Panoramic Excess: driving the Rocky Mountain Front

Posted on 10 March 2005


By Craig & Liz Larcom

    Even a panoramic camera can't squeeze in all the snow-covered tips and vast prairie lands that constitute the Rocky Mountain Front.

The peaks and ridges simply cover too much of the horizon as they surround the viewer in calendar-perfect scenery, particularly near Augusta and Choteau.

    These expansive views are the highlight of a loop drive that passes through farm and ranch land, skirting buttes of every shape and size, and travels alongside vast fenced prairie and into the shadow of the famed Rocky Mountains. Drivers in early spring will appreciate this route that wends though Chinook country, where warm snow-eater winds hinder heavy snow accumulation.

The circuit begins in Great Falls, following Montana Route 200 to Vaughn, then heads up the Sun River Valley to Simms, passing three landmark buttes along the way. The first, rock-rimmed Square Butte, seems to erupt from the earth. These buttes to the south of the road are the northern edge of one of the world's finest displays of laccoliths (a geologist's term for mushroom-shaped bodies that form when molten magma squeezes between two layers of sedimentary rock, making an intrusion that may be several miles across.)  Here, the sedimentary rock has worn away, leaving isolated buttes in varied shapes.

A few miles later, irregularly shaped Fort Shaw Butte rises just beyond the town of Fort Shaw, and steep-walled Crown Butte peeks over the hill south of Simms. Only the top third of this 900-foot butte, which is owned by the Nature Conservancy, shows at this point in the drive. Later, on the back half of the driving loop, you can see Crown Butte in its entirety, including its preserved native grassland that has never been heavily grazed or cultivated.

At Simms, the route continues west on Montana Route 21 toward Augusta. The countryside becomes hillier, and beef cattle and horses predominate over hay and wheat. Pronghorns, white-tailed deer, mule deer and magpies are likely sightings in this section, where good views of the Rockies begin. With all the nooks and crannies in the jagged faces of the mountains, the scenery looks spectacular at any time of day, although photographers aiming for the best picture will want to shoot in the morning. Even at noon, however, sunlight illuminates enough of the crags giving them a 3-D-like appearance. 

Near Augusta, the route intersects U.S. Route 287. This highway runs parallel to the Rocky Mountain Front and offers almost continuous views of the rugged peaks abruptly meeting the plains. The Continental Divide is only 30 miles away as the crow flies, but the driving loop stays on the valley floor. 

If you want to stretch your legs, stop in Augusta at Latigo and Lace, a fine arts and crafts shop with a reputation that reaches beyond the town limits. Or, venture down a gravel road to snap some photos of the Sun River Wildlife Management Area near Sun Canyon, where a wintering elk herd is often visible from the road. Bluebirds like this neighborhood as well.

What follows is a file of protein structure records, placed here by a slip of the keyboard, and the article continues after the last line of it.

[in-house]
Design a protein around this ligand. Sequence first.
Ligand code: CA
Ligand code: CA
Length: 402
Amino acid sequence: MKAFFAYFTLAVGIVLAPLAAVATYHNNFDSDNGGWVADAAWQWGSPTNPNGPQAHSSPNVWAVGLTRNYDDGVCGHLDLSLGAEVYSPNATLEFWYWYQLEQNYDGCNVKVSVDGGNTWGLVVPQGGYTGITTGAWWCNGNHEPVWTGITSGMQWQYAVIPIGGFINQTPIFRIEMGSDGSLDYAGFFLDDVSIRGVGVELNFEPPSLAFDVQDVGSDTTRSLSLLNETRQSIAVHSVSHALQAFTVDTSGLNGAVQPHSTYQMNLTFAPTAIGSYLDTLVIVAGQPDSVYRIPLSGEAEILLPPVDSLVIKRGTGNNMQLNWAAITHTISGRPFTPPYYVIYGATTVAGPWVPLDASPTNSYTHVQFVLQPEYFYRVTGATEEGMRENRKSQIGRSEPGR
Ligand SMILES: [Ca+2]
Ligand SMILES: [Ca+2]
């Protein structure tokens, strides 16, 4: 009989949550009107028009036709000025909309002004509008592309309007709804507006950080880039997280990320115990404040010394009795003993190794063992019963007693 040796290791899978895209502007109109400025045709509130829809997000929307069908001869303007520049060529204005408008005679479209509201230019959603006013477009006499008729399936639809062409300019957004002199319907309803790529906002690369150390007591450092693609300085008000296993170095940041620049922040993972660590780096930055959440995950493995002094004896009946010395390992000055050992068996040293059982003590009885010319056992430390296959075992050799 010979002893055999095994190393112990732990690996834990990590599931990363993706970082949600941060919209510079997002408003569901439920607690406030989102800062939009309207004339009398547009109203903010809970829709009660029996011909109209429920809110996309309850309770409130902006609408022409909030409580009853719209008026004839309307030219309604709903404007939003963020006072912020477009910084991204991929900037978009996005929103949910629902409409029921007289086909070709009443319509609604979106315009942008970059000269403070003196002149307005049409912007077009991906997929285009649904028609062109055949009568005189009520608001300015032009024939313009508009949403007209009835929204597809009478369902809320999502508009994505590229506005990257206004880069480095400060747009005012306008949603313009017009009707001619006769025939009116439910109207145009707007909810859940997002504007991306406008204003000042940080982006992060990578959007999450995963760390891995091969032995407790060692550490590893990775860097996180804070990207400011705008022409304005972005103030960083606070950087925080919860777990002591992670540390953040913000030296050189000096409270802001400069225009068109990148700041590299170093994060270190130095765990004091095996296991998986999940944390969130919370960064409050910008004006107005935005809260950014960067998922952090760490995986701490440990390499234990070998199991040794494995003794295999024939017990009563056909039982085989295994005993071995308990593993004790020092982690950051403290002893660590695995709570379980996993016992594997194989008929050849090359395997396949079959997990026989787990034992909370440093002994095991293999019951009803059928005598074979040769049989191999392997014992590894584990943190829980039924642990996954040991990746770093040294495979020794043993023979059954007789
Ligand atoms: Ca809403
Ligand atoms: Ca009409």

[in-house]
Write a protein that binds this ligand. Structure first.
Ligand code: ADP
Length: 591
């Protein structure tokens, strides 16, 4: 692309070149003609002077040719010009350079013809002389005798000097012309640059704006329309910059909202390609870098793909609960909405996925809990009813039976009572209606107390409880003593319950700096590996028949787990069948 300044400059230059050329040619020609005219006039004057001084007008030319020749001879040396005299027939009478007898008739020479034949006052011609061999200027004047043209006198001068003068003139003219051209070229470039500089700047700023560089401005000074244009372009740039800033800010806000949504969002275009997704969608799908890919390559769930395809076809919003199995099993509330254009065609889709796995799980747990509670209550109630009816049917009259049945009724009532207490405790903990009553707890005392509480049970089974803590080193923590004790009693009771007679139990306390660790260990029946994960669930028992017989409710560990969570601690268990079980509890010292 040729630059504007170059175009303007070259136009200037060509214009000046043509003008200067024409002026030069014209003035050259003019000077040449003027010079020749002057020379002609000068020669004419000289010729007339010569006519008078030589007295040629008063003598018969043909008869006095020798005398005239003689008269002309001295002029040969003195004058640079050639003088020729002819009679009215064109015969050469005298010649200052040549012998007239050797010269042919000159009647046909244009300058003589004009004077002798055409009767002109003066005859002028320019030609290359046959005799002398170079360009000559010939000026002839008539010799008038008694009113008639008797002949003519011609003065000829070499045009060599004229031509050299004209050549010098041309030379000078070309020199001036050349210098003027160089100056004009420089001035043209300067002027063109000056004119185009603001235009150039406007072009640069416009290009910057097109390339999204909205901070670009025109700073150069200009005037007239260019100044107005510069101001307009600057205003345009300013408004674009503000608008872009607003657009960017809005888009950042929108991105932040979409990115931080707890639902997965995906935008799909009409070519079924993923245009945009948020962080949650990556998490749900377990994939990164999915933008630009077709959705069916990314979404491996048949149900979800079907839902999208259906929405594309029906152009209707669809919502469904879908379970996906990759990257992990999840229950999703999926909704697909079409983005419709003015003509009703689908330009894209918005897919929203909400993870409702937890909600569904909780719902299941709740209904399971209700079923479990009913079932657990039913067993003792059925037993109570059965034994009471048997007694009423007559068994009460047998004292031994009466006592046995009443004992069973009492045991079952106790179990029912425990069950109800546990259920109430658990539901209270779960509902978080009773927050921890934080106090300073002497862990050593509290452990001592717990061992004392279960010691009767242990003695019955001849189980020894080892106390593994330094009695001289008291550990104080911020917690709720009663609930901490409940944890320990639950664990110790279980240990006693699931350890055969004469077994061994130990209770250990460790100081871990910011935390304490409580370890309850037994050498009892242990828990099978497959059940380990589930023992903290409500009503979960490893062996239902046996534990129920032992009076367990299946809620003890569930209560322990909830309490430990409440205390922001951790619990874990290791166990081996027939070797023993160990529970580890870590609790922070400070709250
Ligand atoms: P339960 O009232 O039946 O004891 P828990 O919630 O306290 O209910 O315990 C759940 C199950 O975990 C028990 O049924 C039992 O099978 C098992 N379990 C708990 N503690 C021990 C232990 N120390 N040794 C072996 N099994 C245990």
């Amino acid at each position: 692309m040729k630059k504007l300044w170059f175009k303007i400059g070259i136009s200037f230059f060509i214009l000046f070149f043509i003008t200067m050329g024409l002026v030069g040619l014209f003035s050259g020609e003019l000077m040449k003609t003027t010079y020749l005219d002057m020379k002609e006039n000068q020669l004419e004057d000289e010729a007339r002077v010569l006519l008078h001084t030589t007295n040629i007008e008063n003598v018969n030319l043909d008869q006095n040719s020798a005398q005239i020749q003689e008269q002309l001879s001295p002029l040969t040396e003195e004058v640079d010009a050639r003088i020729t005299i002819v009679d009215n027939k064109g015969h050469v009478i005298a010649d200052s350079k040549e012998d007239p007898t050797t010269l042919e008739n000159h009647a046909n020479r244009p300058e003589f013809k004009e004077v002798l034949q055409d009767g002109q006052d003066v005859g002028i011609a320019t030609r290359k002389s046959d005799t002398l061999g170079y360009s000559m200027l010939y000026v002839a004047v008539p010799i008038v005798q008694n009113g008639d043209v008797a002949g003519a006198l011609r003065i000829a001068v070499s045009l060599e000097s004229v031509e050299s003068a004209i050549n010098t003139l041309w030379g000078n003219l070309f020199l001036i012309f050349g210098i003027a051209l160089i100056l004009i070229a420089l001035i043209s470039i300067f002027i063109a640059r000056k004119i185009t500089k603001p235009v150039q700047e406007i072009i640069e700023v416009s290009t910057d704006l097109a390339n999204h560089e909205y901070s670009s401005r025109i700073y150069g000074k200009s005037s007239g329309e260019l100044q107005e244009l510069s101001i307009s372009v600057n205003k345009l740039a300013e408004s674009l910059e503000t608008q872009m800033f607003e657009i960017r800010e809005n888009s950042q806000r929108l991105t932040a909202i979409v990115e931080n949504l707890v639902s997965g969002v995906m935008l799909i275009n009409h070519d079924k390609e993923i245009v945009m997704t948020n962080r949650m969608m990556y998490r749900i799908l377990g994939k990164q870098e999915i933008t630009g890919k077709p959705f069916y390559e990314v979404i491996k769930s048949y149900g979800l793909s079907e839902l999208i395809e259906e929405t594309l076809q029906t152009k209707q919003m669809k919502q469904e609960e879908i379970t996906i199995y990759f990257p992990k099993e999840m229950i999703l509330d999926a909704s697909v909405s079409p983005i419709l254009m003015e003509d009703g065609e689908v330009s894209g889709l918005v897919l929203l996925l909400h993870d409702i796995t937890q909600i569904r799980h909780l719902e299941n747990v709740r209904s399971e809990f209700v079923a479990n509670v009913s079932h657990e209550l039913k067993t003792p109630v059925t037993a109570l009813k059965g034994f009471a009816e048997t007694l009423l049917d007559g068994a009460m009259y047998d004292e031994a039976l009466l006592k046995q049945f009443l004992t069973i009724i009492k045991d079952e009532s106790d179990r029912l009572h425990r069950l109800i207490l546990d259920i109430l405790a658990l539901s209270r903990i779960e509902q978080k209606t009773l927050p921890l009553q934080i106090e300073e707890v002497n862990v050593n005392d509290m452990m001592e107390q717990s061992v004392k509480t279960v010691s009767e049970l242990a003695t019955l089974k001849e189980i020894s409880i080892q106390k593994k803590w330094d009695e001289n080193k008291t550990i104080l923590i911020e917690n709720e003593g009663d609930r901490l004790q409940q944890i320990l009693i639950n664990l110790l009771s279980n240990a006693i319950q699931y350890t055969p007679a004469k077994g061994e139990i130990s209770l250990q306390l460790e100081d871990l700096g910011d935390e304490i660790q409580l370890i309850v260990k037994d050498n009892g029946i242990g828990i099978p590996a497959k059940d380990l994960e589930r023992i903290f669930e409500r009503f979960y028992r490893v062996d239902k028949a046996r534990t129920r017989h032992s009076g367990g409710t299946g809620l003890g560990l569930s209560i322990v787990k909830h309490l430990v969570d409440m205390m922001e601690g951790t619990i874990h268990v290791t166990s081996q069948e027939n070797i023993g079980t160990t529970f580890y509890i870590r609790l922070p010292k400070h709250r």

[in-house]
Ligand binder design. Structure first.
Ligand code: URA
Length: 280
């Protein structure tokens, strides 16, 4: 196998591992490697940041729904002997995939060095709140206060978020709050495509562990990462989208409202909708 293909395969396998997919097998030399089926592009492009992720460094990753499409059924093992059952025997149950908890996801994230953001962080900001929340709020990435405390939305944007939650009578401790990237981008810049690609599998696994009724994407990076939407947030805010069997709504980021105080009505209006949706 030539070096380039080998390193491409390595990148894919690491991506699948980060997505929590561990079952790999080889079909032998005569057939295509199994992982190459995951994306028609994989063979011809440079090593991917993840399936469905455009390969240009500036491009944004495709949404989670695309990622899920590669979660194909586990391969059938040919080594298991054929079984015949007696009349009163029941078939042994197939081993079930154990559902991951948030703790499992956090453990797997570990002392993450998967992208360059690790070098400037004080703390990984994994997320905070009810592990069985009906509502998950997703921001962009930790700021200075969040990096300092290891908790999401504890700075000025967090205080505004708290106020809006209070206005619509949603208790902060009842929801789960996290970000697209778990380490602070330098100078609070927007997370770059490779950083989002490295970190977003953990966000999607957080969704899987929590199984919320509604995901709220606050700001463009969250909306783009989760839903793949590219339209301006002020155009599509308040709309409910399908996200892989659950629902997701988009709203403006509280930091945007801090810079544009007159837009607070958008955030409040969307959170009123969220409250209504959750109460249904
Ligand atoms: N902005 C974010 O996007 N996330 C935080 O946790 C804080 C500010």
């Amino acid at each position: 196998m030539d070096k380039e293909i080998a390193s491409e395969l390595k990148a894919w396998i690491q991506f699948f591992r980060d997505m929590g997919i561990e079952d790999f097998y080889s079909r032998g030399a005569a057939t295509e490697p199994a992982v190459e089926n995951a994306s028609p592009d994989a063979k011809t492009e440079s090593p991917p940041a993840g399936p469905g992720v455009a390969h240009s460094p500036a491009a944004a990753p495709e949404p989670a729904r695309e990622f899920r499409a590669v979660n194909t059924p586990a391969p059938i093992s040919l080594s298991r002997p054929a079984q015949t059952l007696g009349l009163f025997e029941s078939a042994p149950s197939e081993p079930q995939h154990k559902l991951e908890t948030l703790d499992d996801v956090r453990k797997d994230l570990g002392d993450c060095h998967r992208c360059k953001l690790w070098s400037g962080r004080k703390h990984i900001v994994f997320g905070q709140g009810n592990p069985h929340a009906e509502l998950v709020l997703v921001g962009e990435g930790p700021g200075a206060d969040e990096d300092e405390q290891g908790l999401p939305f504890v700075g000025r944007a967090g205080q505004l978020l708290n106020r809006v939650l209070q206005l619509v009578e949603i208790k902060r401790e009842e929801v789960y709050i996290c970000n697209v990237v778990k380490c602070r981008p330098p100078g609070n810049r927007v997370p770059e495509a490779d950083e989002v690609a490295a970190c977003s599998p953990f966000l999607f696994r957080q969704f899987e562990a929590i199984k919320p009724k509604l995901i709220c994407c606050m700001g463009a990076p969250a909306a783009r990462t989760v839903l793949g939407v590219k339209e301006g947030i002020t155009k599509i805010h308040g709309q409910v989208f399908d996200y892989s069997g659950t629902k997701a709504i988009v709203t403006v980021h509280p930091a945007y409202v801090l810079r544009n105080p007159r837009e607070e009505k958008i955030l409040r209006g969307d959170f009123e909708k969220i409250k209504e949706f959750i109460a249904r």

Back on 287, as you travel north to Choteau, you might notice that the paralleling fence lines have changed. Instead of the traditional posts driven into the dirt to support the fence, posts lean against each other to form an X. This method eliminates the need to dig into the rocky ground. 

At the courthouse in Choteau, the road meets U.S. Route 89. Turn southeast to circle back to Great Falls or linger and try an elk or venison burger at the Log Cabin Caf. The Old Trail Museum on the north end of town has the scoop on nearby dinosaur discoveries, Pulitzer-prize-winning author A.B. Guthrie, Jr. and the Old North Trail that was traveled by early people.

Though the seasons are shifting in March and April, drivers in an exploring mood might want to head west down gravel roads to sample downhill skiing at Teton Pass, snowshoeing in the Lewis & Clark National Forest or ice fishing on Nilan or Pishkun Reservoirs. Typically the seasons overlap a few weeks, and temperatures stay low enough to accommodate these activities.  

And if not, as you cruise from Choteau to Fairfield past Freezout Lake Wildlife Management Area, you can expect to be compensated by snow geese, Ross's geese, tundra swans and pintail ducks. By the third week of March, waters at Freezout are likely to have thawed enough to accommodate these migratory birds. The northbound white geese arrive by the tens of thousands, entertaining observers with their gabbling sound and social habits. En masse, they whirl off the water, settling again after an eagle has passed, or perhaps heading off to nearby barley fields to feed. A recorded message at (406) 467-2646 lets wildlife watchers know whether the geese have arrived.

Four miles past Freezout is Fairfield, Malting Barley Capital of the World. In another seven miles the buttes come into view again. The road joins Montana Route 200 and the Rocky Mountain Front slips behind, mile by mile. Little bits of panorama pop into the rearview mirror, reminding you that the film processor awaits.



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